Early in its career, Buffalo Tom had the pretty funny nickname of Dinosaur Jr. Jr. But this record marked a departure from the band’s earlier, noisier sound. Lead singer Bill Janovitz has rusty pipes in the tradition of Paul Westerberg (the band also got a lot of early comparisons to The Replacements, though The Replacements Jr. just doesn’t have the same zing), and the band still makes a loud sound for a trio, but these songs are more consistently melodic. To drag my parents into this, I'll put it this way: If I were playing the previous Buffalo Tom album that made the list in the same room as my mother, it would take about 12 seconds for her to ask me to stop it. With this, she might even make it through a song or two before asking.

Like R.E.M. at its best, the band benefits from strong additional vocals, in this case from bassist Chris Colbourn. He helps out on harmonies, and takes the lead on “My Responsibility” and “Late at Night,” two of the album’s gentler songs. Over the course of 11 tracks and about 40 minutes, there isn’t a misstep on Big Red Letter Day, which is just a reliable, well-produced batch of rock songs.

21. Matthew Sweet -- Girlfriend (1991)

This should probably be higher.

By ‘91, Sweet had released two records with really terrible production that turned his songs into synthed-out ‘80s garbage. On Girlfriend, with the help of guitarists Robert Quine and Richard Lloyd, he turned his career around very quickly. Written and recorded in the wake of a divorce, Girlfriend has often been called a concept album about the cycle of a relationship. It does cover a lot of bitter-and-confused ground, and you don’t even have to go past the song titles to see it -- “Thought I Knew You,” “You Don’t Love Me,” “I Wanted to Tell You,” “Don’t Go,” “Your Sweet Voice,” “Nothing Lasts.”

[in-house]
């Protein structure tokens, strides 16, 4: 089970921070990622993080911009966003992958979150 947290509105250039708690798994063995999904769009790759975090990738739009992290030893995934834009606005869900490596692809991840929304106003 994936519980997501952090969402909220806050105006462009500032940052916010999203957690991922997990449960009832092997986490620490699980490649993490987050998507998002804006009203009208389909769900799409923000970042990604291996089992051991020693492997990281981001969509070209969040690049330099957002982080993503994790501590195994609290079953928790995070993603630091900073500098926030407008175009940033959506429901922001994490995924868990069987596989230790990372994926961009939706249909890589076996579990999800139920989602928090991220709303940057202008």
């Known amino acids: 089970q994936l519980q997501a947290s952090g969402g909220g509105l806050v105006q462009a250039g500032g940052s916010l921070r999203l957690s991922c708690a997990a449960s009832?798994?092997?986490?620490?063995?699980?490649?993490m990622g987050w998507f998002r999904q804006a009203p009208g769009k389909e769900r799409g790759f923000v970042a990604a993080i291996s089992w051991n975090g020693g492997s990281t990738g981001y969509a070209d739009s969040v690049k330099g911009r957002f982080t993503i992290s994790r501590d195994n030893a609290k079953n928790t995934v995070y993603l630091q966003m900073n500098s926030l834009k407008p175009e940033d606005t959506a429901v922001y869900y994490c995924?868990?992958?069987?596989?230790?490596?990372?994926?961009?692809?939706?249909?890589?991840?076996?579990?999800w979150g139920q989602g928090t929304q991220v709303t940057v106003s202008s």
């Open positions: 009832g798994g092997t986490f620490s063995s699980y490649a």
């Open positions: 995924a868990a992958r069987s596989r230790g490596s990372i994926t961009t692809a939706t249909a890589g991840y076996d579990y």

Getting the picture?

Girlfriend covers some other ground -- God (“Divine Intervention”), international conflict (“Holy War”) -- but yeah, this is about a dude getting his heart smashed. Luckily, Sweet’s harmonies and his debt to The Beatles and The Beach Boys, among others, mean that his smashed heart sounds better than most people’s wedding day. “I’ve Been Waiting”, one of the more optimistic offerings here, is a close-to-perfect pop creation, and every other song gives you something to cut the misery. Even the closing “Nothing Lasts,” which plays like the title would lead you to expect, real funeral-like, is somehow pretty enough to avoid morbidity. In fact, most of the album sounds like its message: people hurt each other, they cause suffering, but they also go out in the sun and play guitar.



Blogger Dezmond said...

We're getting down to the nitty gritty (dirt band) now. We are on the cusp of the Top 20! As to this batch...

I have come to dislike Billy Joel and I hate show tunes. So Ben Folds doesn't do much for me.

I have not really explored Sweet or The Sinatras. I should.

I dig Buffalo Tom. You tried to get me into them for years. I've finally come to enjoy their hits collection. Solid stuff.

"Off the Wall"? Really? Over "Thriller"? Hmm. I dig the two hits and the title track, but that's about it.

2:09 AM  
Blogger Cecilia said...

I think you and I are music soul mates.

12:32 PM  
Blogger Erin said...

Nice job picking Ben Folds and even referencing one of my favorite songs, "Underground." Most people don't get my love for him so it is always gret to see other people appreciating him.

4:58 PM